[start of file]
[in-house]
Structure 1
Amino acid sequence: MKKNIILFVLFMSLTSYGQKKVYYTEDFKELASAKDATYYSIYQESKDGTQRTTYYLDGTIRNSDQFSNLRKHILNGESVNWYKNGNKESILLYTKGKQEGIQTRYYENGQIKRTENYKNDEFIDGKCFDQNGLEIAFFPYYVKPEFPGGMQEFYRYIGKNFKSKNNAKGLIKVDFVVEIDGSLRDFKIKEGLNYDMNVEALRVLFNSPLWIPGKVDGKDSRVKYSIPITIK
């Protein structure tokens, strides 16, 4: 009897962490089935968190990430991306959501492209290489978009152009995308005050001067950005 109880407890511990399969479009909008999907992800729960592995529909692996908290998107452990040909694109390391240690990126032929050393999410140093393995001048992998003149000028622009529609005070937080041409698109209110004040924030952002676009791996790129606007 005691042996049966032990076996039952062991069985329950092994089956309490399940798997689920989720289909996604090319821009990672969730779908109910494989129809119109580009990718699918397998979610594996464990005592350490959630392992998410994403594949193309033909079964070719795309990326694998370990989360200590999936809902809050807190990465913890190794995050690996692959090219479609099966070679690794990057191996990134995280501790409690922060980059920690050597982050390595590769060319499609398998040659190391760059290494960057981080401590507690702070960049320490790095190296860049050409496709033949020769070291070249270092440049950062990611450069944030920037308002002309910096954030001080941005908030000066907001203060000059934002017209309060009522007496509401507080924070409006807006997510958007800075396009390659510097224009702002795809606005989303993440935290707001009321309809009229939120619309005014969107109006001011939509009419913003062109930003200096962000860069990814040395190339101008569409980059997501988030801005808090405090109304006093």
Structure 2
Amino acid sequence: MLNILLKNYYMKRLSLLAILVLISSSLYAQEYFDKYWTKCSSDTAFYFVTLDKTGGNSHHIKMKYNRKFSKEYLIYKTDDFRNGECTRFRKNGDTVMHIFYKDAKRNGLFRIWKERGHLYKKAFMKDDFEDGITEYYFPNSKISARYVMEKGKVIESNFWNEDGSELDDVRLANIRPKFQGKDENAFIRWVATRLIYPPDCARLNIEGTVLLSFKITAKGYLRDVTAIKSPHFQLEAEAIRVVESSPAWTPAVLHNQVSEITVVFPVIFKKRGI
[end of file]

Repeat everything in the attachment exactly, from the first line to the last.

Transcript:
[in-house]
Structure 1
Amino acid sequence: MKKNIILFVLFMSLTSYGQKKVYYTEDFKELASAKDATYYSIYQESKDGTQRTTYYLDGTIRNSDQFSNLRKHILNGESVNWYKNGNKESILLYTKGKQEGIQTRYYENGQIKRTENYKNDEFIDGKCFDQNGLEIAFFPYYVKPEFPGGMQEFYRYIGKNFKSKNNAKGLIKVDFVVEIDGSLRDFKIKEGLNYDMNVEALRVLFNSPLWIPGKVDGKDSRVKYSIPITIK
């Protein structure tokens, strides 16, 4: 009897962490089935968190990430991306959501492209290489978009152009995308005050001067950005 109880407890511990399969479009909008999907992800729960592995529909692996908290998107452990040909694109390391240690990126032929050393999410140093393995001048992998003149000028622009529609005070937080041409698109209110004040924030952002676009791996790129606007 005691042996049966032990076996039952062991069985329950092994089956309490399940798997689920989720289909996604090319821009990672969730779908109910494989129809119109580009990718699918397998979610594996464990005592350490959630392992998410994403594949193309033909079964070719795309990326694998370990989360200590999936809902809050807190990465913890190794995050690996692959090219479609099966070679690794990057191996990134995280501790409690922060980059920690050597982050390595590769060319499609398998040659190391760059290494960057981080401590507690702070960049320490790095190296860049050409496709033949020769070291070249270092440049950062990611450069944030920037308002002309910096954030001080941005908030000066907001203060000059934002017209309060009522007496509401507080924070409006807006997510958007800075396009390659510097224009702002795809606005989303993440935290707001009321309809009229939120619309005014969107109006001011939509009419913003062109930003200096962000860069990814040395190339101008569409980059997501988030801005808090405090109304006093």
Structure 2
Amino acid sequence: MLNILLKNYYMKRLSLLAILVLISSSLYAQEYFDKYWTKCSSDTAFYFVTLDKTGGNSHHIKMKYNRKFSKEYLIYKTDDFRNGECTRFRKNGDTVMHIFYKDAKRNGLFRIWKERGHLYKKAFMKDDFEDGITEYYFPNSKISARYVMEKGKVIESNFWNEDGSELDDVRLANIRPKFQGKDENAFIRWVATRLIYPPDCARLNIEGTVLLSFKITAKGYLRDVTAIKSPHFQLEAEAIRVVESSPAWTPAVLHNQVSEITVVFPVIFKKRGI